We would like to ensure that you are still receiving content that you find useful – please confirm that you would like to continue to receive ILO newsletters.
28 March 2013
In 2012 the Vienna International Arbitral Centre initiated a comprehensive review process aimed at modernising, overhauling and streamlining its rules. The process included a widely distributed user survey, a number of discussion rounds and a roadshow. The process is finally nearing completion and the centre is preparing to release the revisions publicly.
The rules were first enacted in 1975. Since their inception, they have been characterised as lean and flexible. During the last decade, the number of proceedings at the centre have doubled. New trends have emerged, most notably an increase in multi-party proceedings. The revision commission considered whether a complete overhaul was warranted in light of the recent trends, or whether the existing character of the rules could be maintained. Given the overwhelming positive feedback it received in relation to the existing rules, the reform commission decided to maintain the lean and flexible approach. The length of the rules has therefore remained essentially unchanged. However, many provisions have been streamlined and simplified, and several new provisions have been added. The most significant changes are detailed below.
Joinder of third parties
The arbitral tribunal has the authority to order the joinder of third parties at the request of either party or the third party itself. The tribunal is thereby granted wide discretion, provided that it has heard all parties and the third party to be joined. Joinder can be approved as a party with full party status, but also in other ways (eg, as amicus curiae). The new rules will also permit a cross claim against the party to be joined, thereby also recognising that party's right to participate in the formation of the arbitral tribunal.
Consolidation of proceedings
Another provision will be added permitting the consolidation of two or more proceedings. The decision on consolidation will be made by the centre's executive board after having heard the parties and the arbitrators.
Confirmation of arbitrators
Under the new rules all arbitrators must be confirmed by the secretary general.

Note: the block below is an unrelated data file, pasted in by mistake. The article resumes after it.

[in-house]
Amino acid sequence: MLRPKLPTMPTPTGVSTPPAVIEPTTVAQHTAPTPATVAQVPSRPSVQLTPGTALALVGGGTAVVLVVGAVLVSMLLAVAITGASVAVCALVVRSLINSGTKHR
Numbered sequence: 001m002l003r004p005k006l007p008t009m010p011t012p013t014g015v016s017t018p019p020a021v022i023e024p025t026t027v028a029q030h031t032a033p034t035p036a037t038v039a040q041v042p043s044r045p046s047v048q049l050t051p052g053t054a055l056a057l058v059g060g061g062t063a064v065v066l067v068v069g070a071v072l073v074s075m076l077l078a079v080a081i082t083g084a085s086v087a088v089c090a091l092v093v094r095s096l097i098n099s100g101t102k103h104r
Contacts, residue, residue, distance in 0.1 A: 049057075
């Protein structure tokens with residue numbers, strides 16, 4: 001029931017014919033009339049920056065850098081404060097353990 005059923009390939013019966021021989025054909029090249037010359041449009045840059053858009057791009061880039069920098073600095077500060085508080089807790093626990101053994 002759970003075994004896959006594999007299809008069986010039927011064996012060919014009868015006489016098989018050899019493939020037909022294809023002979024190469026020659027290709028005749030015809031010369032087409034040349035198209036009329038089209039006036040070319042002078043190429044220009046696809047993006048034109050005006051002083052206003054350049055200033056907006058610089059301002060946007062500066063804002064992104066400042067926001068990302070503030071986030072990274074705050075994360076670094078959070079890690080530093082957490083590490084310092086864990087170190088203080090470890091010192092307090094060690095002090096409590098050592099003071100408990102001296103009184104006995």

In line with established principles under the present rules, the principle of party autonomy in multi-party proceedings will prevail. If one party or a group of parties fails to agree on a nominee to be confirmed as arbitrator, the failure to reach agreement will not automatically invalidate the nomination by the other side. The centre's board has the authority to replace an arbitrator already appointed only in exceptional cases.
The new rules also regulate cases in which a court refers proceedings to an arbitral tribunal, as contemplated under Article 34(4) of the United Nations Commission on International Trade Law Model Law. This provision already anticipates the expected change to the Arbitration Act, under which annulment proceedings will be directly lodged with the Supreme Court.
The system of flat-rate costs (as compared to hourly rates for arbitrators) has remained unchanged, as it provides parties with a better opportunity to plan ahead and has proven to be an incentive for arbitrators to streamline proceedings. The centre's cost scale, which is on the moderate side internationally, has been slightly amended to permit more flexibility, especially for arbitrators' fees in complex matters.
The new rules will contain an explicit obligation of both parties to fund jointly the costs of the arbitration and provide the arbitral tribunal with the power to direct the defaulting party to pay its share of the cost advance.
The new rules contain specific fast-track regulations. However, these will become applicable only if the parties explicitly agree to them under an opt-in mechanism. The average duration of proceedings is one year. For expedited proceedings, a final award must be rendered within six months (unless extended).
The new rules are expected to enter into force in the second half of 2013. Feedback to the draft rules received in various discussion rounds and roadshows, both in Austria and abroad, indicates that the difficult task of governing complex matters in an easy understandable lean and flexible framework has been well achieved.
For further information on this topic please contact Nikolaus Pitkowitz at Graf & Pitkowitz Rechtsanwälte GmbH by telephone (+43 1 401 17 0), fax (+43 1 401 17 40) or email (firstname.lastname@example.org). The Graf & Pitkowitz Rechtsanwälte GmbH website can be accessed at www.gpp.at.
The materials contained on this website are for general information purposes only and are subject to the disclaimer.
ILO is a premium online legal update service for major companies and law firms worldwide. In-house corporate counsel and other users of legal services, as well as law firm partners, qualify for a free subscription.